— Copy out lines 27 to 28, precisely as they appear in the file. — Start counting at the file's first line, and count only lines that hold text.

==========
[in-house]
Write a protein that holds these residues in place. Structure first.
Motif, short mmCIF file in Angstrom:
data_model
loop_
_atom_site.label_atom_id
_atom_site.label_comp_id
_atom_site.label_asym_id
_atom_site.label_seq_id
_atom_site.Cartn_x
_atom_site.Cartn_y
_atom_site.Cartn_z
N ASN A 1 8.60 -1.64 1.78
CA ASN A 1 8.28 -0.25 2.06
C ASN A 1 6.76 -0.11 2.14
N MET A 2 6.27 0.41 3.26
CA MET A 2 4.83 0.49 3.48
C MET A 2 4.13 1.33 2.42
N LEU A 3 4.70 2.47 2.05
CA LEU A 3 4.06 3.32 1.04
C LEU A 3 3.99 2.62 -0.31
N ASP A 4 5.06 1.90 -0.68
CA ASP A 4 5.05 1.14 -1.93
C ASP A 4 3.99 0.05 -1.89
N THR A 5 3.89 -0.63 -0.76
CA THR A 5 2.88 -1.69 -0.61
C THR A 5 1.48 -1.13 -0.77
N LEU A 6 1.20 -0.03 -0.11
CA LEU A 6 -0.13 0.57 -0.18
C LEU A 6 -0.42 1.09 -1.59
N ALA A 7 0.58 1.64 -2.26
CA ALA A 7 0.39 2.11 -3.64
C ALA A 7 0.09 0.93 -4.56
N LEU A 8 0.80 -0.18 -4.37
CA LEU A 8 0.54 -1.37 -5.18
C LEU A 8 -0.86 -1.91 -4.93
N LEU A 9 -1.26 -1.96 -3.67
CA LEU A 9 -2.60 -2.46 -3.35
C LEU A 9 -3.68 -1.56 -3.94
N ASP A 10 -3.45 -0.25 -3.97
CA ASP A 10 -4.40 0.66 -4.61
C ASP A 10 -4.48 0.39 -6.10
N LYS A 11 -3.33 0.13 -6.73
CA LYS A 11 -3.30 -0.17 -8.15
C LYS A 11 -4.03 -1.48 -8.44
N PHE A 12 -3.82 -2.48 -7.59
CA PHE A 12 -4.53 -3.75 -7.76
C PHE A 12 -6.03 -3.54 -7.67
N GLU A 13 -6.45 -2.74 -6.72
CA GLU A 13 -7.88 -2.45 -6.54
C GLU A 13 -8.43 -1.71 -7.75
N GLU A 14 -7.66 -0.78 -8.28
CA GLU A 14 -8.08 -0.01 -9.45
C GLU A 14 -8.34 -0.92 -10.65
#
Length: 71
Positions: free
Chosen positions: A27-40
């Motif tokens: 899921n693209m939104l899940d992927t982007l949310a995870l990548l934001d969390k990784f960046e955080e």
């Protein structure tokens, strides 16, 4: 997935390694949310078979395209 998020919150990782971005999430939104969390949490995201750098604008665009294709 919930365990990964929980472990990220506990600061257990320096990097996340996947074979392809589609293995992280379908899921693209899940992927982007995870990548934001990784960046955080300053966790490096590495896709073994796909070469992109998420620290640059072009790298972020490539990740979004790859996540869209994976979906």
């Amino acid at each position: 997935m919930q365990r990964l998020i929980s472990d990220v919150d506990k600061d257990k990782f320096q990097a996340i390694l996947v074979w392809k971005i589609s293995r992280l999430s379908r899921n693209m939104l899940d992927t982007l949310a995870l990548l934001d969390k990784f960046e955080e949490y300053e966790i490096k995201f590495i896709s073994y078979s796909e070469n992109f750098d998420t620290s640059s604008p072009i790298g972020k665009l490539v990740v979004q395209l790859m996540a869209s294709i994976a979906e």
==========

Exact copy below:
C THR A 5 1.48 -1.13 -0.77
N LEU A 6 1.20 -0.03 -0.11